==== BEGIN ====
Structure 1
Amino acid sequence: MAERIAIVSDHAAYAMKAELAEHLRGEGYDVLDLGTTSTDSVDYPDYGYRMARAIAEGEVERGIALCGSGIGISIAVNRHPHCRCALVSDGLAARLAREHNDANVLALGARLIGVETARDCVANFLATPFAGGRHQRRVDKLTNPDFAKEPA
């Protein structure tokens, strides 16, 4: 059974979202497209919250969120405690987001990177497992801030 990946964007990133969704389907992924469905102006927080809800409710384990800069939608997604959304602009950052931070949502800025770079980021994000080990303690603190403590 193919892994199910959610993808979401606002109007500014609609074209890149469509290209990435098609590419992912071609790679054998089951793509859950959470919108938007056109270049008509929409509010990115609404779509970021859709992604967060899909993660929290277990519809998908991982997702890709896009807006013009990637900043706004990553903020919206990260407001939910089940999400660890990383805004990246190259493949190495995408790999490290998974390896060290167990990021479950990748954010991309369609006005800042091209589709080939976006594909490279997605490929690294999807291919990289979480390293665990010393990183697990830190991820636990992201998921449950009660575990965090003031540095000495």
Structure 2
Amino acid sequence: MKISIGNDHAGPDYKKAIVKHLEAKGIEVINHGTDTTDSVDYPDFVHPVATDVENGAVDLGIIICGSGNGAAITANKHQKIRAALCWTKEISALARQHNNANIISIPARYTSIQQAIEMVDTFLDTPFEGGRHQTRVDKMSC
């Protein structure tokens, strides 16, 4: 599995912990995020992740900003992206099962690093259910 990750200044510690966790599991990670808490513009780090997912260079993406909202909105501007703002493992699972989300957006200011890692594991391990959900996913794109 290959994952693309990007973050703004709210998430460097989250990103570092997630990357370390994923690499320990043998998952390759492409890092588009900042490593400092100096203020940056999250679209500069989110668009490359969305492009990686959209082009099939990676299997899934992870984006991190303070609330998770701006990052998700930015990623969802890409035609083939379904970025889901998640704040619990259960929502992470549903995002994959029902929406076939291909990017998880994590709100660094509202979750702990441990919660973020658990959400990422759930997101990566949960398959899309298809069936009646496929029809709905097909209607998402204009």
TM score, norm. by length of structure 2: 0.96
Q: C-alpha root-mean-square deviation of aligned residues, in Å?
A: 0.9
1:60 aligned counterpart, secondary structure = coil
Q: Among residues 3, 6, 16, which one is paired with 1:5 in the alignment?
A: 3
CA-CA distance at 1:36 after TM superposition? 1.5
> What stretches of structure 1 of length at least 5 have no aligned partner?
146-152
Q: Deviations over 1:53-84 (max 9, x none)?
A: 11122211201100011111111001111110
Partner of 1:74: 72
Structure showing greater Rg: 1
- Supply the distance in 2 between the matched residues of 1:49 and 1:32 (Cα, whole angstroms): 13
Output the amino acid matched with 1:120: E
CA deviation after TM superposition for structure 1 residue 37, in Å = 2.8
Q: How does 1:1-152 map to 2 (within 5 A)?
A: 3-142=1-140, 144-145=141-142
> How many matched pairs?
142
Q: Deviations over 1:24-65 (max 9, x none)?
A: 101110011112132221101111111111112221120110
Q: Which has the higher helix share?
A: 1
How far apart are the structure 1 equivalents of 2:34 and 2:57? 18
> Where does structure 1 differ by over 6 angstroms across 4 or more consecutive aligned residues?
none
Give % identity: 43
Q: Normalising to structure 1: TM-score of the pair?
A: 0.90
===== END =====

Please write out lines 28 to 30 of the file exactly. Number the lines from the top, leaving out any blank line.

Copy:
A: 101110011112132221101111111111112221120110
Q: Which has the higher helix share?
A: 1